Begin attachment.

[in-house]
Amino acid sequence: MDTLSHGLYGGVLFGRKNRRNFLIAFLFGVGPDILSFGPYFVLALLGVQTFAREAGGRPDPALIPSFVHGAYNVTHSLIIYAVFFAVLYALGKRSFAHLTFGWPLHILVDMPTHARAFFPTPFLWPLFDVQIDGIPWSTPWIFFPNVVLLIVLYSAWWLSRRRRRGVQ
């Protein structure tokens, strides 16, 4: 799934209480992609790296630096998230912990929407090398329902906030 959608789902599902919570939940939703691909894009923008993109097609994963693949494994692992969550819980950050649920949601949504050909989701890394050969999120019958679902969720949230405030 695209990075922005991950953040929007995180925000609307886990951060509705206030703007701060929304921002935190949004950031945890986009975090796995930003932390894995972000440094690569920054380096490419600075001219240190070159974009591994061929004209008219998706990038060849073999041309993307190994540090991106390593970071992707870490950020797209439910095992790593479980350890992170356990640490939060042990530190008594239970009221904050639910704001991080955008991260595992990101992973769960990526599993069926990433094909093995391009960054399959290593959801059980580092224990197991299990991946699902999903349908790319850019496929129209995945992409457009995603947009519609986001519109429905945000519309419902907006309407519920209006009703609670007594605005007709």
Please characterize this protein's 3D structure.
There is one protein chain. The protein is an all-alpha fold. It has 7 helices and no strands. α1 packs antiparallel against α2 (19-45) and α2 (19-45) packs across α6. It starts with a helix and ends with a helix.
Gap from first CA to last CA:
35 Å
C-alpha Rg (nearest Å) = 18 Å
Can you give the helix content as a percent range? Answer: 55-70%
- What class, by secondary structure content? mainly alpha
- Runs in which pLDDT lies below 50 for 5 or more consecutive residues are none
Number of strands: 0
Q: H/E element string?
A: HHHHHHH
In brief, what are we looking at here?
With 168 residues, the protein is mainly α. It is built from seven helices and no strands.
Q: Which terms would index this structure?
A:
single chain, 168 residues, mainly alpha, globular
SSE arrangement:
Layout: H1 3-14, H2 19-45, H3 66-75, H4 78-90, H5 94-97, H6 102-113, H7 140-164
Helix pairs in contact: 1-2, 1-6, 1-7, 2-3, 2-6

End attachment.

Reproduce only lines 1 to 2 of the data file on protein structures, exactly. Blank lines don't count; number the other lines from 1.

[in-house]
Amino acid sequence: MDTLSHGLYGGVLFGRKNRRNFLIAFLFGVGPDILSFGPYFVLALLGVQTFAREAGGRPDPALIPSFVHGAYNVTHSLIIYAVFFAVLYALGKRSFAHLTFGWPLHILVDMPTHARAFFPTPFLWPLFDVQIDGIPWSTPWIFFPNVVLLIVLYSAWWLSRRRRRGVQ